King Arthur: Legend of the Sword (2017)

  • Time: 126 min
  • Genre: Action | Adventure | Drama
  • Director: Guy Ritchie
  • Cast: Charlie Hunnam, Jude Law, Aidan Gillen, Djimon Hounsou, Eric Bana


Harrelson stars as Wilson, a lonely, neurotic and hilariously honest middle-aged misanthrope who reunites with his estranged wife (Laura Dern) and gets a shot at happiness when he learns he has a teenage daughter (Isabella Amara) he has never met. In his uniquely outrageous and slightly twisted way, he sets out to connect with her.

One review

  • King Arthur: Legend of the Sword is not a re-telling of the classic myth per se, though it does use the tale as a thinly skinned narrative. What it is, first and foremost, is a Guy Ritchie film and, when it adheres to that mindset, it serves as a fairly enjoyable piece of entertainment for nearly two-thirds of its 125-minute running time. Unfortunately, it’s done in by a CGI-laden, bombastic finale that seems more apropos for a Warcraft flick than for the rough and tumble, the lads are all here story that precedes it.

    Ritchie does not possess an expert hand with CGI-driven spectacles, at least not in the manner that CGI is deployed in this work. The flash of his films have always derived from the style of his storytelling – the rhythms of his dialogue and the beats of his editing resembling pugilist’s blows mixed with the legerdemain of a conjurer – and if there’s CGI or special effects involved, there’s an organic quality to them that enhances rather than overpowers. The balance is already off in King Arthur’s prologue as corrupt mage Mordred unleashes gigantic, wrecking ball-wielding elephants and a swarm of soldiers to lay siege on Camelot. The pageant is too much, almost deflecting from the real focus of this section, which is to establish the betrayal of good king Uther Pendragon (Eric Bana) by his throne-hungry brother Vortigen (Jude Law). Uther and his queen are dead by prologue’s end, their murders witnessed by their son who, like Moses, drifts away in a boat to be found by prostitutes and raised in the mean streets of Londinium.

    Believing himself the bastard son of a prostitute, Arthur (Charlie Hunnam) grows up to be a strapping and resourceful man, as skilled with his fists as with a sword, and the de facto leader of a group that includes best friends Wetstick (Kingsley Ben-Adir) and Backlack (Neil Maskell). A confrontation with the Vikings forces Arthur to escape from the city, though he ends up being rounded up along with thousands of other men of similar age and taken to Vortigen’s castle where they must try to pull a mysterious sword out of a stone to prove that they are not the boy king who threatens Vortigen’s reign. Much to his shock, Arthur not only succeeds but learns of his true birthright as well as the identity of the man behind his parents’ death. From thereon in, it’s a race against the clock as Vortigen and his minions hunt down Arthur and his comrades, with Vortigen and Arthur both determined to take the other down.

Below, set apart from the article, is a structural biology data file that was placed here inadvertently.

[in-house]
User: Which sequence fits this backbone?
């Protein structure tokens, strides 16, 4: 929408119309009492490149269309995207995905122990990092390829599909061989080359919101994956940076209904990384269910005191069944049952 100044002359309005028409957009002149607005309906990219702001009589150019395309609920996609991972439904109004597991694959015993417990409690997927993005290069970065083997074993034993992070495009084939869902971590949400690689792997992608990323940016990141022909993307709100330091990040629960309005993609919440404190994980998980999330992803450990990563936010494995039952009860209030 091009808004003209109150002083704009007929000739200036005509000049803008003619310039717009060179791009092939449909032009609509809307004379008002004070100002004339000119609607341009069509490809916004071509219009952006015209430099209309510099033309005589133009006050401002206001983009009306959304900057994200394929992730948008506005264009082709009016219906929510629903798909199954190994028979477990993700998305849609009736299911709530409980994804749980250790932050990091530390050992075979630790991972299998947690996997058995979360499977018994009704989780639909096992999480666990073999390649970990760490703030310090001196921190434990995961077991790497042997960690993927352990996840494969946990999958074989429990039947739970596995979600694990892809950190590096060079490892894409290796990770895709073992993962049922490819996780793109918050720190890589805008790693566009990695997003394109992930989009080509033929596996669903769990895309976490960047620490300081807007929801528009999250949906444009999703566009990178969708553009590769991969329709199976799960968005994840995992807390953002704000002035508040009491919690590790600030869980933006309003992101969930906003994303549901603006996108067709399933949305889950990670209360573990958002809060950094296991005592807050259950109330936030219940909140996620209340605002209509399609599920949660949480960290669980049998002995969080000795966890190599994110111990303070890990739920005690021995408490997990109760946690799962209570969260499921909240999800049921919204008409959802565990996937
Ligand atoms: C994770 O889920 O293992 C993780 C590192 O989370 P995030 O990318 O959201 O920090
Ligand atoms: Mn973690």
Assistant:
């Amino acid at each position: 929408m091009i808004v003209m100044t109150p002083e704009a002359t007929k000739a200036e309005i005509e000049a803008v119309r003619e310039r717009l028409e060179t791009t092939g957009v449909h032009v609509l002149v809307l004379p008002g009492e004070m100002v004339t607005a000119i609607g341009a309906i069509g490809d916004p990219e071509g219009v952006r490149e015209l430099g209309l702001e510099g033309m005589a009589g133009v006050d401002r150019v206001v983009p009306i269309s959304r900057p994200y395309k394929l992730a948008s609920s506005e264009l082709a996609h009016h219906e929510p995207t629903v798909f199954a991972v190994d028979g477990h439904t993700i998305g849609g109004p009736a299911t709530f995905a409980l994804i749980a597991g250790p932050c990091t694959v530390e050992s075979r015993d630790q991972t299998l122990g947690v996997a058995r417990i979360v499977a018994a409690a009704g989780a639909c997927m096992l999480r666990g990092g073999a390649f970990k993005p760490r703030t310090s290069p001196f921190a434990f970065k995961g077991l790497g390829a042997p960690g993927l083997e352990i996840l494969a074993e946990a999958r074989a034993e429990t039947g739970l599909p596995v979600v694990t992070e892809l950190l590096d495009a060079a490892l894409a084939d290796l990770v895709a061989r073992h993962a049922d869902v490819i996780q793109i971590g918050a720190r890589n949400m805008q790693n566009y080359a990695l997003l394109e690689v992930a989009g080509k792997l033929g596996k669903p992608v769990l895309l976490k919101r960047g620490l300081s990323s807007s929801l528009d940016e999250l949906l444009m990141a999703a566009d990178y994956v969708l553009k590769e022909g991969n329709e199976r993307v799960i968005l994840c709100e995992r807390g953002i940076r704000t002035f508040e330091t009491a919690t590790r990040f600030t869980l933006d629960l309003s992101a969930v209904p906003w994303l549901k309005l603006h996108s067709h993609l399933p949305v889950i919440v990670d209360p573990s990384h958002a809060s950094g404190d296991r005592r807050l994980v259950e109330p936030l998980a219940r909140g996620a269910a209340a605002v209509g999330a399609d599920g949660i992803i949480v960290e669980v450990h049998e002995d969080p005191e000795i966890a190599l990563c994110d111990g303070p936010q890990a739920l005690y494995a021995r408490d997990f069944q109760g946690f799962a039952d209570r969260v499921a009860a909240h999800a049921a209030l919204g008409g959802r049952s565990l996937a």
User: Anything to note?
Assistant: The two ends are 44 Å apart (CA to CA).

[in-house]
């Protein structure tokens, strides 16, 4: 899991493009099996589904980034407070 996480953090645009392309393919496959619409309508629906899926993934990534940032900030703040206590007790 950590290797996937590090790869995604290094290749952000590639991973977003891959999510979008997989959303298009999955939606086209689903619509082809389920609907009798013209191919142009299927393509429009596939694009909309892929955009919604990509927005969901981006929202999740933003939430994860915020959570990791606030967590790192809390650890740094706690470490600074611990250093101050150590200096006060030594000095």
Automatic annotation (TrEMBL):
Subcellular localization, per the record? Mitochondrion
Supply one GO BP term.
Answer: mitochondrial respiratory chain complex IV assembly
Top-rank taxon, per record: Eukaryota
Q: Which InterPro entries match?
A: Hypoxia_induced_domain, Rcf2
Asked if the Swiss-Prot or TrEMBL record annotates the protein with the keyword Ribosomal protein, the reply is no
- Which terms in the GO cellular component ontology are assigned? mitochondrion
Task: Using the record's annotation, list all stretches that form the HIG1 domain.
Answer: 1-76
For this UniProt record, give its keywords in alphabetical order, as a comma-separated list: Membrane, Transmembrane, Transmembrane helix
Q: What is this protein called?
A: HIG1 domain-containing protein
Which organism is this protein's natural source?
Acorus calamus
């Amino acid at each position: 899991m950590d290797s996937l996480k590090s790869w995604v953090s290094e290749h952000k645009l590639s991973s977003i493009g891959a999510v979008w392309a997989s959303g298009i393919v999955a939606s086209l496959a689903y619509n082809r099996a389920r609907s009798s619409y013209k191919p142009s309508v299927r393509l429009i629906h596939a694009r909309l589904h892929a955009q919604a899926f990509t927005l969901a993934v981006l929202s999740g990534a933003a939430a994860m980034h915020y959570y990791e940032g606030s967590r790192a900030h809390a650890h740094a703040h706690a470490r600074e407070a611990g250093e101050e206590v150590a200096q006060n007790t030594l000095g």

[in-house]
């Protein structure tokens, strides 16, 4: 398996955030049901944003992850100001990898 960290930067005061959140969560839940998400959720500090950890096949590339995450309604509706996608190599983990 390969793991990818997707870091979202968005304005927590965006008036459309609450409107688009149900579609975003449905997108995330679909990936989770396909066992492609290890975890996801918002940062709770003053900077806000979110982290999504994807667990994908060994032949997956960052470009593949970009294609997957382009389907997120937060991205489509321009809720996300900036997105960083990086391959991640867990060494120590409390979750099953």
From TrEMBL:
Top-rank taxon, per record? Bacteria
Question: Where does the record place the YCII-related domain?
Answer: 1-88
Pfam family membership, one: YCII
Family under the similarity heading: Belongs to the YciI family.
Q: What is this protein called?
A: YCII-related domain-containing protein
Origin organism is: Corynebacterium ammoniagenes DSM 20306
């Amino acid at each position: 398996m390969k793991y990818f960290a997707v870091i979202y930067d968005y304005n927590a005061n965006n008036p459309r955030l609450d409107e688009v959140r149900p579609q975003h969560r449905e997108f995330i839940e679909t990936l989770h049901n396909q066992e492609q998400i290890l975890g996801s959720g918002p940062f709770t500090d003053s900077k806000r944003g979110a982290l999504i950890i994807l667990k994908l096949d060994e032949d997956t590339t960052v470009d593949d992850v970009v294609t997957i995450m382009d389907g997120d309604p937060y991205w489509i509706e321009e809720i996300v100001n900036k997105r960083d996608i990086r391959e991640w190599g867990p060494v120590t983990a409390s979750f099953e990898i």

With the charismatic Hunnam in the lead and the tempest of swaggering machismo on hand, King Arthur often resembles a medieval-set episode of FX’s Sons of Anarchy in which Hunnam’s Jax Teller spent nearly seven seasons similarly refusing to accept his destiny. As with that television show, King Arthur is populated with brutal unsentimentality and violence and a rambunctious energy that’s best exemplified by the chaos that erupts following a failed assassination attempt by Arthur and his gang, who race through the narrow and labyrinthine streets. The thrill is lusty and infectious and, like with so many things in this movie, stopped cold by the CGI-riven moment that doesn’t so much punctuate as puncture.

    Excepting last summer’s underappreciated The Man from U.N.C.LE., which featured two cracking female leads in Alicia Vikander and Elizabeth Debicki, King Arthur continues Ritchie’s streak of underdeveloped and frankly uninteresting female characters. As always, this is very much a testosterone parade with a bevy of magnetic males like Djimon Hounsou and Hunnam’s Queer as Folk paramour Aiden Gillen making the most of their supporting roles. Also maximising his presence is Law, who not only gives good glower but conveys the torment that lives side-by-side with Vortigen’s hunger for power. Not to go unmentioned are Gemma Jackson’s finely detailed production design and Annie Symons’ stylish costuming.

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